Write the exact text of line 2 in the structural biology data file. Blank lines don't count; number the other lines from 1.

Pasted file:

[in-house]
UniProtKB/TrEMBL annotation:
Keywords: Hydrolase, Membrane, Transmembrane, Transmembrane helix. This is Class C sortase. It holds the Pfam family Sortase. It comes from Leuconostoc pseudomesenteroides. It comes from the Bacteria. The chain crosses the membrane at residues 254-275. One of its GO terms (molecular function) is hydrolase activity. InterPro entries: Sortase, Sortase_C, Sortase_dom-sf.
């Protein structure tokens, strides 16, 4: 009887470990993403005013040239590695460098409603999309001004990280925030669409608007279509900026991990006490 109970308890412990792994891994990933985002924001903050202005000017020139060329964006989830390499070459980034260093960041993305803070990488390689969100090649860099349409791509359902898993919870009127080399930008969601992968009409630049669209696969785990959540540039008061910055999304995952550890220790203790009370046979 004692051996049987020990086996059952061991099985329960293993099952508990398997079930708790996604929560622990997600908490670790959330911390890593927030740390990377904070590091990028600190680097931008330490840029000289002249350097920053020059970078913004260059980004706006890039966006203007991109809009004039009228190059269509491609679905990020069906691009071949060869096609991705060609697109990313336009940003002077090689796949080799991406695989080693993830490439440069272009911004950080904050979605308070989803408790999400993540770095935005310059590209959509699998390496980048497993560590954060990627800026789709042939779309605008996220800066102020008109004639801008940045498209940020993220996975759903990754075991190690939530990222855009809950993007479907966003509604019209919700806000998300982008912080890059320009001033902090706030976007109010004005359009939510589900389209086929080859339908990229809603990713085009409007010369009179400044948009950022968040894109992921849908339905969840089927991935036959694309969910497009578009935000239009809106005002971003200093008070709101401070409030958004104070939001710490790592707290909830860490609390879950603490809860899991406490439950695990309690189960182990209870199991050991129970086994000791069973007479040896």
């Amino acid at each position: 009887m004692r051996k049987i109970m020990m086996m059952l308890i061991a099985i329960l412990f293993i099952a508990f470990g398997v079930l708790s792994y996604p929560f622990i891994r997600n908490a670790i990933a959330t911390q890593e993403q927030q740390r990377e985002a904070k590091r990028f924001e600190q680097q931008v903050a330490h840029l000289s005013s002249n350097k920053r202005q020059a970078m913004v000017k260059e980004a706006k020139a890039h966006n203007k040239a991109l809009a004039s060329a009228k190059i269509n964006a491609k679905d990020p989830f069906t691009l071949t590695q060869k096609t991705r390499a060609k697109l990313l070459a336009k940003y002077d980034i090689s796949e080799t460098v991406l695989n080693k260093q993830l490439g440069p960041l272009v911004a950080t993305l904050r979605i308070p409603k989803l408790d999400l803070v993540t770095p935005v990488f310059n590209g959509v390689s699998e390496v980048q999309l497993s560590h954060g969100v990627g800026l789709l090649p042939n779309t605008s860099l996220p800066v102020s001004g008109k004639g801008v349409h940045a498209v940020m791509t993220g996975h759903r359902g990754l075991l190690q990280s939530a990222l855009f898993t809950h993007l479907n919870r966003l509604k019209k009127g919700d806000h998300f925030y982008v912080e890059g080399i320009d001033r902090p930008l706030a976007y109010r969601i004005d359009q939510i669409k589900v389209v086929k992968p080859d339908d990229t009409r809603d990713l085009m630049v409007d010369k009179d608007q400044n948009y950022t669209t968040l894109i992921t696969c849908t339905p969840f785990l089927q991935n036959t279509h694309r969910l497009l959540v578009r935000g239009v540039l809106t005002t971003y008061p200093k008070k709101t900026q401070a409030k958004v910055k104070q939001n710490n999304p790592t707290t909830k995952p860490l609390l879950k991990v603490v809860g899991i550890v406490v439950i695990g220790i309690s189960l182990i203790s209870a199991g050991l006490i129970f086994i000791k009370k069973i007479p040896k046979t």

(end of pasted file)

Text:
UniProtKB/TrEMBL annotation: